3 To finish up wih Figure 2 we should jus look a he exreme case of infinie damping. Essenially, ha s equivalen o smacking a solid sysem. The sysem s componen pars will no move wih respec o each oher, so he mass will no move wih respec o he damping apparaus (and he spring will jus say unsressed). Tha produces a fla posiionversusime curve a x =. Where d he energy of your smack go? Maybe i wen ino huring or deforming he smacker (your hand?), or maybe i wen ino hea in he damper and noise due o body vibraions of he objec iself, or maybe you jus smacked your whole objecspringdamper sysem off of your lab able and ono he floor! Equaion of Moion and Soluions Now le s go from qualiaive o quaniaive. Given ha an objec of mass m has a Hooke resoring force, which is negaively proporional o displacemen x from an equilibrium posiion, and a damping force ha is negaively proporional o he objec s velociy, he equaion of moion is, in hree differen noaions, Rearranging, we have F ne,x = kx bv x = ma x, F ne,x = kx b dx d = m d2 x d 2, F ne,x = kx bẋ = mẍ. ( ) ( ) ẍ + 2 b 2m ẋ + k m x =. I ve muliplied and divided he second erm by wo because we ll find ha b/2m is an imporan consan in describing he resuling moion. Le s call i r for now: r = b/2m. We already know ha k/m is he square of he angular frequency of oscillaion for an undamped (b = ) oscillaor. We ll find ha his sysem exhibis a differen frequency of moion han k/m, so we will give a special name o he undamped frequency o disinguish i from he damped oscillaion frequency. We ll call i he naural frequency : ω n = k/m. This name is a lile srange, since he absence of damping is a bi unnaural, bu his is he common name anyway. So he equaion can be wrien his way: ẍ + 2rẋ + ω 2 nx =. The general soluions 1 o his equaion come in hree differen forms depending on how r and ω n relae o each oher. Here is one way o express hese general soluions: Underdamped (ligh damping) ( ) r < ω n x() = A exp( r) cos ω 2 n r 2 + φ (1) Criically damped r = ω n x() = (B + x ) exp( r) (2) Overdamped (heavy damping) r > ω n x() = C + exp [ ( r + r 2 ω 2 n ) ] [ ( + C exp r ) ] r 2 ωn 2 (3) [ ( ) ( = exp( r) D c cosh r 2 ωn 2 + D s sinh r 2 ωn ) ] 2 (4) 1 To see a fairly good explanaion of he derivaion of hese soluions, and o see some very ineresing informaion abou (nonlinear) pendulum moion, see <hp:// 3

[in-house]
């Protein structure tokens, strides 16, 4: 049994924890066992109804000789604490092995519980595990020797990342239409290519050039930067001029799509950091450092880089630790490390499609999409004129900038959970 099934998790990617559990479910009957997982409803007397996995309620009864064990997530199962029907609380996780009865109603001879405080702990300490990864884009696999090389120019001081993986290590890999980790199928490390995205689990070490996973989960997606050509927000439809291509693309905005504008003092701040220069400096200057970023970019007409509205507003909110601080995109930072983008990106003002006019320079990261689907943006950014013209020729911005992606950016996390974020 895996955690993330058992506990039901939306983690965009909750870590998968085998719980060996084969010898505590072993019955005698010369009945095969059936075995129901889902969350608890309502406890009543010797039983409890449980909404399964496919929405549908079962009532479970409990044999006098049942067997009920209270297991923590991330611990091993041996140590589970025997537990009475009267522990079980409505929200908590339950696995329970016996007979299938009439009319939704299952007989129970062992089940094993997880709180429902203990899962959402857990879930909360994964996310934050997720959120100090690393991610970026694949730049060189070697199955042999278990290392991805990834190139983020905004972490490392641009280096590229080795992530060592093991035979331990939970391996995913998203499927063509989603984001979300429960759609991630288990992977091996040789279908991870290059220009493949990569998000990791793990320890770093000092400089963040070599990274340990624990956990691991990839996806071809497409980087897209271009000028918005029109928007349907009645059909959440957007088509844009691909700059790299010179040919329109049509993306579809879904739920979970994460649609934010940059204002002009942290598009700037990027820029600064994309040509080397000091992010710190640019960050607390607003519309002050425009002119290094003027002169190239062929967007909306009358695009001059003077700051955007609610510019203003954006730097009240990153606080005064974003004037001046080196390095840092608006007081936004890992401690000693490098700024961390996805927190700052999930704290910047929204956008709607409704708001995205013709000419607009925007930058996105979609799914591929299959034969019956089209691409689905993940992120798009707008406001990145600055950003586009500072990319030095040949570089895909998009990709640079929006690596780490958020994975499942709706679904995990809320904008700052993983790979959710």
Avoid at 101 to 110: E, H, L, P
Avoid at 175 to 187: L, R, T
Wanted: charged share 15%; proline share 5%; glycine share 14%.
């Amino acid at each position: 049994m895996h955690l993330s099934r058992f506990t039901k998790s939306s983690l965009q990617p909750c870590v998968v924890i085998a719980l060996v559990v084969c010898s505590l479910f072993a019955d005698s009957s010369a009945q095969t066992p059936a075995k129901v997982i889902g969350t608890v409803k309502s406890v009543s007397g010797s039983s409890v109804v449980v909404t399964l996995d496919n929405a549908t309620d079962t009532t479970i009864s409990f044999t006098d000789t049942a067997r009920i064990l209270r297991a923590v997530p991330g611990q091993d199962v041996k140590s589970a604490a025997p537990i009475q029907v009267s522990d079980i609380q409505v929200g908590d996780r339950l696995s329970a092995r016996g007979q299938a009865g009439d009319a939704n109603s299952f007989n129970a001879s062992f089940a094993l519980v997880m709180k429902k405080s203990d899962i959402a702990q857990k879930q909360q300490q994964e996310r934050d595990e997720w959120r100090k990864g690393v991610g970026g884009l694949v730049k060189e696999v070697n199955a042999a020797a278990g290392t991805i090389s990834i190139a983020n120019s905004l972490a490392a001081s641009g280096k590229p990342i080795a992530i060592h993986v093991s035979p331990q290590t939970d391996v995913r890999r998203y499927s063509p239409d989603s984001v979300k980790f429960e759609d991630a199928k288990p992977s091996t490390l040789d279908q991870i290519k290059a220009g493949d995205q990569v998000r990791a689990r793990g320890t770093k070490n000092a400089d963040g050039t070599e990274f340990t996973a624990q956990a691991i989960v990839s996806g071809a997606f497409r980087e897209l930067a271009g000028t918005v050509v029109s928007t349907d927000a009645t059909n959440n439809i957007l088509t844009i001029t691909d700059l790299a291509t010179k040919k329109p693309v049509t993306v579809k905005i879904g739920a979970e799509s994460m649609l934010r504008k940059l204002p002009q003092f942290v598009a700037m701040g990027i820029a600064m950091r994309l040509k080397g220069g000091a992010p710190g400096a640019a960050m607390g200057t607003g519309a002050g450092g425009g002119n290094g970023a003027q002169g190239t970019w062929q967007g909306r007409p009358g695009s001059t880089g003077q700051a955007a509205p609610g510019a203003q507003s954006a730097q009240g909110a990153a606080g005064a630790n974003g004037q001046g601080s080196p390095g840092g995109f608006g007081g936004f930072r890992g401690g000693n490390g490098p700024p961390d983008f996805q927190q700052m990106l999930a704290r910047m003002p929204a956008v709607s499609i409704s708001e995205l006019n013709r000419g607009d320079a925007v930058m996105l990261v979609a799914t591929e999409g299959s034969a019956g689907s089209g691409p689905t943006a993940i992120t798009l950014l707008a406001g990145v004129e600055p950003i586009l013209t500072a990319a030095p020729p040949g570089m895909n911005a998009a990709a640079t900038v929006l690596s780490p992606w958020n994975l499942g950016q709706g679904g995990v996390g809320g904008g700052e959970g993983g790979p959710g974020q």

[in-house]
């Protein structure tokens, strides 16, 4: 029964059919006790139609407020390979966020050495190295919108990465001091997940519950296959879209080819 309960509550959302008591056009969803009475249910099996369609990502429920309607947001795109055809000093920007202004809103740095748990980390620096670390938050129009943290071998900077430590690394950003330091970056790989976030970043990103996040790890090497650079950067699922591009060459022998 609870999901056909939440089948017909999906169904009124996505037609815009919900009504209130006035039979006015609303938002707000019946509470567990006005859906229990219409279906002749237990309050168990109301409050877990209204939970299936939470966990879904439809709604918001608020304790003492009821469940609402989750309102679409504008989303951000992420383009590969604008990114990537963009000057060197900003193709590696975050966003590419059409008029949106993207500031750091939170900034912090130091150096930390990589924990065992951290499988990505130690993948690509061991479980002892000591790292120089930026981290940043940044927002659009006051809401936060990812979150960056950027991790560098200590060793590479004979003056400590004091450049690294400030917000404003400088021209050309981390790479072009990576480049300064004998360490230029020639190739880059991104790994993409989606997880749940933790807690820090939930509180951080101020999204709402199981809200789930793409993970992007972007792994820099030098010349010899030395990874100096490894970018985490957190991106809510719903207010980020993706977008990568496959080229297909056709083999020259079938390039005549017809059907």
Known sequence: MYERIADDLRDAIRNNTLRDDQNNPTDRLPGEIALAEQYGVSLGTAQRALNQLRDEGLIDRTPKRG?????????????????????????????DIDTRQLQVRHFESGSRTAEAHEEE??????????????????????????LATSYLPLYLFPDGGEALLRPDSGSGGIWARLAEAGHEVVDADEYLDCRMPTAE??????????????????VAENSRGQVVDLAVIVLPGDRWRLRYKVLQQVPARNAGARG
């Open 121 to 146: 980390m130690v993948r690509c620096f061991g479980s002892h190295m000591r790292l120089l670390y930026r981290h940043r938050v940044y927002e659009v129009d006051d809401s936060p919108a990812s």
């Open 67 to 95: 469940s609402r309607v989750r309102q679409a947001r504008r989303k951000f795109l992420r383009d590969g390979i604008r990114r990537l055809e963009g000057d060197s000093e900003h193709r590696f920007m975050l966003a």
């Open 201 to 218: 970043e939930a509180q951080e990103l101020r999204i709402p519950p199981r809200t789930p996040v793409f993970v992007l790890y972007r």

4 Noe ha each of he hree cases has in is soluion wo free parameers (A and φ, or x and B, or C + and C ). If he iniial condiions, ha is he iniial posiion and velociy of he oscillaor, and he values of r and ω n are specified, hen he values for hese parameers will be se. Noe also ha if you leave he iniial condiions and ω n he same bu change r, he parameers will change heir values! We ll see ha explicily in a momen. I will be convenien for his discussion and for memorizaion o define a couple more variables: = ω 2 n r 2 β = r 2 ω 2 n We ll discuss heir meaning and ge around o naming r,, and β below. If we enforce he iniial condiions sipulaed in he previous secion and ake ω n and r o be given, we find he soluions ake he forms given in Table 1 below. Damping Soluion wih Iniial Condiions 1 Soluion wih Iniial Condiions 2 Condiion x() = x, v x () = x() =, v x () = v Under. r < ω n Cri. r = ω n Over. r = ω n x() = x ω n e r cos [ arcan(r/ ) ] x() = v e r sin( ) x() = x (r + 1)e r x() = x { 1 2 (1 + r β )e( r+β) (1 r β )e( r β) } } = x e {cosh(β) r + r β sinh(β) x() = (v )e r x() = v β { 1 2 e( r+β) 1 2 e( r β) } = v β e r sinh(β) Table 1: Soluions ha conform o he wo ses of iniial condiions. These are he equaions for he graphs in Figures 1 and 2. Quaniaive Analysis of Moion I ll now discuss each of he hree cases of soluions and relae hem o he wo ypes of moion observed earlier, and you should refer o Equaions 1 4, Table 1, and Figures 1 and 2 above. The soluions should confirm and even build up our inuiion abou damped harmonic moion. For he underdamped case, we can firs noe ha he subcase of (when b = ) is simply he case wihou damping and yields simple harmonic moion wih naural frequency ω n. We see ha for r, he moion is an exponenially decaying oscillaion, where r is he exponenial decay rae of he ampliude for he oscillaions. We also see ha he frequency of he oscillaions, or he frequency of he cyclic par of he soluion, has changed from he naural frequency o a lower value. We ll call his new frequency he (under)damped angular frequency = ω 2 n r 2, where < ω n. 2 This means ha when damping is increased, he oscillaion becomes slower, wih a longer period. As we approach he criical case (as r increases o almos reach ω n ), approaches zero and he period of he oscillaion approaches infiniy, jus as we observed earlier. If we look a he soluions for iniial condiions 1 in Table 1, we can see ha as r goes o ω n, he facor x ω n cos [ arcan(r/ ) ] in he firs soluion becomes x (r + 1) in he second soluion. The cosine 2 Don confuse he (under)damping angular frequency wih a frequency encounered in sinusoidally forced harmonic moion, he forcing angular frequency ω f, which is ofen called he driving frequency. 4